The general purpose of the invention is to improve a fluid propelling and filtering apparatus so as to embrace all the advantages of the prior art devices and to possess none of the afore-described disadvantages. To attain this, the invention contemplates a unique, removable filter cartridge.
The accompanying drawings, which are incorporated in and constitute a part of this specficiation, illustrate several embodiments of the invention and, together with the description, serve to explain the principles of the invention.
Of the drawings:
FIG. 1 is a perspective view of the fluid propelling and filtering apparatus of the invention with the access door on one side removed to show the removable filter cartridge.
FIG. 2 is a side view of the fluid propelling and filtering apparatus from the side opposite that of FIG. 1.
FIG. 3 is a top view of one embodiment of the removable filter cartridge shown in FIG. 1.
FIG. 4 is a sectional view of the removable filter cartridge taken on the line 4--4 of FIG. 3.
FIG. 5 is a sectional view of the fluid propelling and filtering apparatus shown in FIG. 1 taken on the line 5--5 of FIG. 6.
FIG. 6 is a side view of the fluid propelling and filtering apparatus shown in FIG. 2 with the housing side structure removed to show the interior of the housing.
FIG. 7 is a side view of a modification of the fluid propelling and filtering apparatus shown in FIG. 6 again with the housing side structure removed.
FIG. 8 is a sectional view of a third embodiment of the fluid propelling and filtering apparatus.
FIG. 9 is a sectional view of a fourth embodiment of the fluid propelling and filtering apparatus.
FIG. 10 is a sectional view of a fifth embodiment of the fluid propelling and filtering apparatus being taken on the line 10--10 of FIG. 11.
FIG. 11 is a side view of the fifth embodiment of the fluid propelling and filtering apparatus with the access door removed.
FIG. 12 is a sectional view of a sixth embodiment of the fluid propelling and filtering appartus.
Reference will now be made in detail to the present preferred embodiments of the invention, examples of which are illustrated in the accompanying drawings.
Referring now to the drawings, wherein like reference characters designate like or corresponding parts throughout the several views, there is shown in FIG. 1 and FIG. 2, which illustrates a preferred embodiment, housing 1 having intake port 3 and exhaust port 4. Access door 2 is shown in FIG. 1 detached from the rest of the housing to expose the removable cylindrical filter cartridge 10. If desired, housing 1 may also contain an optional vapor absorbant filter 70 at exhaust port 4. The apparatus of the invention includes means for driving the filter cartridge into rotation around its geometrical axis, the rotation imparting motion to the fluid. As embodied herein the driving means includes an electrical motor 5 or any other means suitable for imparting motion to the filter cartridge. In operation, when driving means 5 is activated, filter cartridge 10 rotates causing fluid to be drawn into intake port 3, through filter media 15 of filter cartridge 10, and out through exhaust port 4.
As shown in FIG. 3 and FIG. 4, filter cartridge 10 has a bottom wall 11 with means 12 for removably securing cartridge 10 to driving means 5. Cartridge securing means 12 may comprise a collar, as embodied herein, to fit snugly on hub 7 of driving means 5 as shown in FIG. 5, or other means such as screws or bolts, or both frinctional and mechanical means. Filter cartridge 10 has an annular top wall 13 and filter media 15 for securing bottom wall 11 to top wall 13 in parallel, spaced relation. The outer periphery of walls 11 and 13 define the circumference of a cylinder.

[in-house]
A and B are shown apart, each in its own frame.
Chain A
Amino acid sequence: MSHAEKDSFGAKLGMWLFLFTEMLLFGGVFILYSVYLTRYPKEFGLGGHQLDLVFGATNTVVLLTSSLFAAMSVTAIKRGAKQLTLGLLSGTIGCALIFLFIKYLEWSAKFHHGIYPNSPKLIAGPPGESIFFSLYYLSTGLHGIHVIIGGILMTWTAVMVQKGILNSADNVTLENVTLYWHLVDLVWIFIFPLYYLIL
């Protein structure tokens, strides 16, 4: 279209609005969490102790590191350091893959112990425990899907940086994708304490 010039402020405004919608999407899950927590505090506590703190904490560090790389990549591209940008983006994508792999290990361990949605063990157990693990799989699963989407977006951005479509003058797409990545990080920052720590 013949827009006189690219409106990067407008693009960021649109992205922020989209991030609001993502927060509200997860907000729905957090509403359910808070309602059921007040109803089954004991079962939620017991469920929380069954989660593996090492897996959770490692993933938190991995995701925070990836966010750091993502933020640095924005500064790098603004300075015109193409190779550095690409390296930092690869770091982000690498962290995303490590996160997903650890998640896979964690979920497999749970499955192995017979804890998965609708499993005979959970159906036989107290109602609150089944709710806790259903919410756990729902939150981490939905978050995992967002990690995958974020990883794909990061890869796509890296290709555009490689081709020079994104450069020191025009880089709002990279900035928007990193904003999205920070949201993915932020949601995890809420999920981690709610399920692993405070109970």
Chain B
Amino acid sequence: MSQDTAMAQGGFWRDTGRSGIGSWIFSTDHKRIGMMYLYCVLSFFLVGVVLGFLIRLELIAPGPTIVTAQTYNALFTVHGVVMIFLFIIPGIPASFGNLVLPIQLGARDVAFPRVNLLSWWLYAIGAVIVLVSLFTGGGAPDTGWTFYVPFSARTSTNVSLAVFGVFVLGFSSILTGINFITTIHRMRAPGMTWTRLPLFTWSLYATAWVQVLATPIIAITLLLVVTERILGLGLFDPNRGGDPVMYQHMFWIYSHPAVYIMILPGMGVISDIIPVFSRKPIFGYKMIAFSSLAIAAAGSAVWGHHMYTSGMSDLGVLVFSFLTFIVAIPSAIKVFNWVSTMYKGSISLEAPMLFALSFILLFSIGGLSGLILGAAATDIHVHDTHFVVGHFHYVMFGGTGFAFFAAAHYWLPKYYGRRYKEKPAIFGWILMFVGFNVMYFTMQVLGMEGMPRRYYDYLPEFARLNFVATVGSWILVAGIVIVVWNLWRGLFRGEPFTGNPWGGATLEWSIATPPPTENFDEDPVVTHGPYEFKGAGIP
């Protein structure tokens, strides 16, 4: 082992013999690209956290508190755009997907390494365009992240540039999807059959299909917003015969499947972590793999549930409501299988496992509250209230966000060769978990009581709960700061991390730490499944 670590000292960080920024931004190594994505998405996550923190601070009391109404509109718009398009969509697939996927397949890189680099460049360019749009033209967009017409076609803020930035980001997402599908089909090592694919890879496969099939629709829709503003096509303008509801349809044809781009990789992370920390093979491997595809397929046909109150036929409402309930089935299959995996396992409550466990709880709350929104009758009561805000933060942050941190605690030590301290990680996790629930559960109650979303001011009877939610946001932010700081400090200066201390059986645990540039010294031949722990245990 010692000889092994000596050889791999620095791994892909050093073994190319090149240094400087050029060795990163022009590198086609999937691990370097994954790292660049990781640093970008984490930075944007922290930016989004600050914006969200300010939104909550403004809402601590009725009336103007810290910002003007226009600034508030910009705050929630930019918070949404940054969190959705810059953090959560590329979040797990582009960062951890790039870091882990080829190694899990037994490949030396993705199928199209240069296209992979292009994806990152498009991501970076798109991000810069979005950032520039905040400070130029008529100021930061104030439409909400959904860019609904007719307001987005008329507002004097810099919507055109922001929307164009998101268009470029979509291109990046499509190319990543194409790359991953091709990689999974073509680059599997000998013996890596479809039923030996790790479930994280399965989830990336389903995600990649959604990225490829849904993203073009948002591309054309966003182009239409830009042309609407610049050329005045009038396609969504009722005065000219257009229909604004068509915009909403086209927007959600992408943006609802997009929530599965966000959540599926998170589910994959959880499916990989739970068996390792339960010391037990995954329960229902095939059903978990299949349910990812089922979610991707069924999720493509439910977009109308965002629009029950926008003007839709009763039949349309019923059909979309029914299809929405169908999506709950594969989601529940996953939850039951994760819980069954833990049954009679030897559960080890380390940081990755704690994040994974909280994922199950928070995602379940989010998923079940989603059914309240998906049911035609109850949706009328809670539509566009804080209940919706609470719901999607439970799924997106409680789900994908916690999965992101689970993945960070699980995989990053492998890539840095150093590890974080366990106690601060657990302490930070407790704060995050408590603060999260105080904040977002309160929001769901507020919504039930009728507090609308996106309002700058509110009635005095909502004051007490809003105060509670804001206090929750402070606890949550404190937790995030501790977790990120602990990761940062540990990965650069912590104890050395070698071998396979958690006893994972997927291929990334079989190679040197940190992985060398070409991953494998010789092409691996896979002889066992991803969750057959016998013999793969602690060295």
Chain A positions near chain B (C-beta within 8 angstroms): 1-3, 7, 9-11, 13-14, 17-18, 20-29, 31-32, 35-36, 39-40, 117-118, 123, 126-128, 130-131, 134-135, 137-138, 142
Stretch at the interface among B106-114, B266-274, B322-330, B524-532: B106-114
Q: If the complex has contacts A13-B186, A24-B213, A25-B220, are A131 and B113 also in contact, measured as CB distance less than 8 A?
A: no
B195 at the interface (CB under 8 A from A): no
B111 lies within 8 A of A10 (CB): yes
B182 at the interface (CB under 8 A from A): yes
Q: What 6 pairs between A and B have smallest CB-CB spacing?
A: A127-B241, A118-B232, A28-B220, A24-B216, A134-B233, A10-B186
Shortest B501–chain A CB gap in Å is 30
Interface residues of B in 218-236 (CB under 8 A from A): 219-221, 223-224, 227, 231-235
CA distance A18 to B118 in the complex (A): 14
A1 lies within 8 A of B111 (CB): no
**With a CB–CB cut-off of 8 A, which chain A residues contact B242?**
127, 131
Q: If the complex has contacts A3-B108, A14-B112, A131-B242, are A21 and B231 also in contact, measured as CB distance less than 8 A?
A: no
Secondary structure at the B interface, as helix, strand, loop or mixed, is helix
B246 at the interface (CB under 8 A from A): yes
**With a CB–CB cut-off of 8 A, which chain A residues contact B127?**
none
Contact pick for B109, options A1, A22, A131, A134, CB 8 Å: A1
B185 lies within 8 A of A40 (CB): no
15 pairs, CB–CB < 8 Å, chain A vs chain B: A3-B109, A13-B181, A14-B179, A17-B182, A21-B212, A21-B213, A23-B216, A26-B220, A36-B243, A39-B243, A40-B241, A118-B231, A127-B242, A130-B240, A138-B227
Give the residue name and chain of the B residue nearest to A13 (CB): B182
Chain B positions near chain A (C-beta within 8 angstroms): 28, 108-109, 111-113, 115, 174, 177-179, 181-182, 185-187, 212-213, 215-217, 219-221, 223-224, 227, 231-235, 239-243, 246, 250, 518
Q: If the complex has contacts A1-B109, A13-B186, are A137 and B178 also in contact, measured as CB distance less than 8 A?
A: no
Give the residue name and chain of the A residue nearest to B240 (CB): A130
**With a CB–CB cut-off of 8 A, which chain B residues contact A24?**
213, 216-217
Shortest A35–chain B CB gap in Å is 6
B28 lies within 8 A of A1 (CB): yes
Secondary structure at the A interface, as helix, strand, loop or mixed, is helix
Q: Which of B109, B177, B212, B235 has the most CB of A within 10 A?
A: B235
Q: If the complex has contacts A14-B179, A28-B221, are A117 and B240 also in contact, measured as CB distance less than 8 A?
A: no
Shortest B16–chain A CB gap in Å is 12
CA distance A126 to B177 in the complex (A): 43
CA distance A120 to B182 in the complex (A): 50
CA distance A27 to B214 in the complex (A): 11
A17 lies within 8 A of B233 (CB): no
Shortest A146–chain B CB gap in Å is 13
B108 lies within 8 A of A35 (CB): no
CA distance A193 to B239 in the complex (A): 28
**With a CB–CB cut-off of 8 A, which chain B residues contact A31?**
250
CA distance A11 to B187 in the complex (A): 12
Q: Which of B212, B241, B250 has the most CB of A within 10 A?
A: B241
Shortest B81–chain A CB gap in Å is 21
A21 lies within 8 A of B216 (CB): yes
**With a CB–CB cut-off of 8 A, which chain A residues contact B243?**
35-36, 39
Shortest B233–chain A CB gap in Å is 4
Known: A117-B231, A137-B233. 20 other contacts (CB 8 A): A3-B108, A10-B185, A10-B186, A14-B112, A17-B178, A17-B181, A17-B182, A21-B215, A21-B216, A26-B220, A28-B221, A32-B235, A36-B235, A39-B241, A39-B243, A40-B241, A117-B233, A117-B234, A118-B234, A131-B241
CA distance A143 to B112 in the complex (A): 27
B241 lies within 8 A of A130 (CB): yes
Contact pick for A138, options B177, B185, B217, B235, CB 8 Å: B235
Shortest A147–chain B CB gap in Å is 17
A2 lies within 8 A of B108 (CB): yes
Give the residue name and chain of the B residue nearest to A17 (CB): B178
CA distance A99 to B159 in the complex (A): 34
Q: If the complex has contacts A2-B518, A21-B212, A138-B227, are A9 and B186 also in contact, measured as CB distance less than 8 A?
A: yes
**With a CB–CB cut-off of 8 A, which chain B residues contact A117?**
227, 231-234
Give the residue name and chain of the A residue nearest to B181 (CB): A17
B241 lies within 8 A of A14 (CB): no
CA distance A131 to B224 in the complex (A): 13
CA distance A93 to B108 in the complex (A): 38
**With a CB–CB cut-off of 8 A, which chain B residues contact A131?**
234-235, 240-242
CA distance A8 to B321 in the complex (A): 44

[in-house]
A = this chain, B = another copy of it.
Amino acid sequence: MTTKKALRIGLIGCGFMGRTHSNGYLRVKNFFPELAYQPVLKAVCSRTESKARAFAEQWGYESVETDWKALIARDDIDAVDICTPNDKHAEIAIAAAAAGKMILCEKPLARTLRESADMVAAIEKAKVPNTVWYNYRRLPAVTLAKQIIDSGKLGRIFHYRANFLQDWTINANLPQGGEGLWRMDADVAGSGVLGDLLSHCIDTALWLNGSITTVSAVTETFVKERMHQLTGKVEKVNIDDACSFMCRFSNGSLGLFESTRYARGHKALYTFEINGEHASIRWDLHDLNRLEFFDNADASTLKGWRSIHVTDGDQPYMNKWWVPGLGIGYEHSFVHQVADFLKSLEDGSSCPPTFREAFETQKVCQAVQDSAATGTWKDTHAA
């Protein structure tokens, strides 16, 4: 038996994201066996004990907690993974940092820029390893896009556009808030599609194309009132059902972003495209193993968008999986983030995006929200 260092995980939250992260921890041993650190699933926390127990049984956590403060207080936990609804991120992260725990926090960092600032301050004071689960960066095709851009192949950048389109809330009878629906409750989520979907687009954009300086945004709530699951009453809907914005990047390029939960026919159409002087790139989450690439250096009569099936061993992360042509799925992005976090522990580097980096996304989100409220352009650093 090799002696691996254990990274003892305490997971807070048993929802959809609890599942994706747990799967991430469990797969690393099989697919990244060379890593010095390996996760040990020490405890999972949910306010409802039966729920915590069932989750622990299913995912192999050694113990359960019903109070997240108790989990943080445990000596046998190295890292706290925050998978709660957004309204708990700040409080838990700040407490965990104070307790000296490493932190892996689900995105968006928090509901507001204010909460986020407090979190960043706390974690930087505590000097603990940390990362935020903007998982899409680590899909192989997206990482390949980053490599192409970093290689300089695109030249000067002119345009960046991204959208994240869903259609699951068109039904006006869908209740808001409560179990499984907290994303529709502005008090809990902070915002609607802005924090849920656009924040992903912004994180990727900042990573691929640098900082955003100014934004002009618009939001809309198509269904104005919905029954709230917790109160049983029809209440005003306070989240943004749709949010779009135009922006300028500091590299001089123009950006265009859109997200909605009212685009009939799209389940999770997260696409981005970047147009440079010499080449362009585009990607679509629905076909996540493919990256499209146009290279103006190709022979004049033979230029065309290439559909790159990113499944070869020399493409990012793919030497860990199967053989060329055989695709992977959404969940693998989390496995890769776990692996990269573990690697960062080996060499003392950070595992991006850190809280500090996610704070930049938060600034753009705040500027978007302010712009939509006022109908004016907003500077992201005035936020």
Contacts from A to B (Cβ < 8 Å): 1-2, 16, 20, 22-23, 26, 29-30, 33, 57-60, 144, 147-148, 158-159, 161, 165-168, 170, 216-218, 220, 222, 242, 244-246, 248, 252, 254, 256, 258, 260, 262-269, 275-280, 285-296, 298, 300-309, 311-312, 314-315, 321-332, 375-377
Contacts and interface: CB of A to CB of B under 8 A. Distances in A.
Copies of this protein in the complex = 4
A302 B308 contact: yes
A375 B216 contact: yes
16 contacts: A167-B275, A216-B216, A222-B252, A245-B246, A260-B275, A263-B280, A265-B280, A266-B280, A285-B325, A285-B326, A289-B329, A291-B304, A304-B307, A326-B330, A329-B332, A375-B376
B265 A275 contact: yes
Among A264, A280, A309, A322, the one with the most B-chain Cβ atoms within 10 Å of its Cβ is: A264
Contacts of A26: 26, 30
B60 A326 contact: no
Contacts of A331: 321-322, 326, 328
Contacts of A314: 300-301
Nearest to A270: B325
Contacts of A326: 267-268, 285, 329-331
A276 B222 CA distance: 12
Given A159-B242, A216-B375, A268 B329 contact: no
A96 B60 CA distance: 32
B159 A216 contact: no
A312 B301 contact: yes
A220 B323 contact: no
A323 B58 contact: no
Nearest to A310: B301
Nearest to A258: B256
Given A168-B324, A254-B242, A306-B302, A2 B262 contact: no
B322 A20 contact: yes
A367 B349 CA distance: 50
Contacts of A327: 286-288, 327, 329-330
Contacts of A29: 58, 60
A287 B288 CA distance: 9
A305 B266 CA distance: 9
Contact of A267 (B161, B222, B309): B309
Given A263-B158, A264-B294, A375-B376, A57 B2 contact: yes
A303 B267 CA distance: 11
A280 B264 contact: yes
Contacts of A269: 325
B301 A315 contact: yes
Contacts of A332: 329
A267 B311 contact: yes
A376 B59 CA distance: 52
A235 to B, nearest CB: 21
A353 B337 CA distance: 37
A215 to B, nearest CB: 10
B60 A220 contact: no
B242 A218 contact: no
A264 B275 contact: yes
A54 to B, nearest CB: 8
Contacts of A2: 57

If desired, filter cartridge 10 can have partition means for maintaining the walls 11 and 13 in parallel, spaced relation and for communicating the fluid in through the annular top wall and out through the outer surface of the filter media. As illustrated in FIGS. 3 and 4, the partition means comprises a plurality of partitions extending radially from cartridge securing means 12. Preferably there are four partitions 14 each disposed at a 90 degree interval from adjacent partitions. In order to reduce the overall weight of the filter cartridge 10 and to provide means for permitting fluid flow through one or more partitions thus reducing interference with fluid flow, one or more of the partitions can be supplied with an aperture therein.
Filter media 15 is made from a sheet of filtering material, such as paper, fabric or the like, well known in the art, and formed to a suitable breadth and length to be disposed between walls 11 and 13 and, if present, between each of a pair of partitions 14. Filter media 15 may be secured to walls 11 and 13 by any suitable means, such as glue, tape or the like. Additionally, filter media 15 can be secured to partitions 14 in a similar manner.
In the filter cartridge illustrated, since partitions 14 act like blades of a fan for propelling the fluid through the apparatus, there is no need in this embodiment of the invention to fold the filtering material into pleats as is required in the prior art devices, folded pleats being adapted in the prior art devices to act like the blades of a fan to propel the fluid. Filter media 15 need only be secured within filter cartridge 10 sufficiently to withstand deformation from the application of centrifugal force during operation. In the preferred embodiment, filter media 15 is, in fact, configured in folded pleats to provide adequate stability to the filter media 15. The spacing of the folded pleats of filter media 15 in filter cartridge 10 results in uniform and efficient filtering and promotes longer filter use between changes.
The elements of filter cartridge 10, excluding filter media 15, are made of lightweight, semi-rigid, and relatively inexpensive material such as cardboard, particle board, plastic or the like.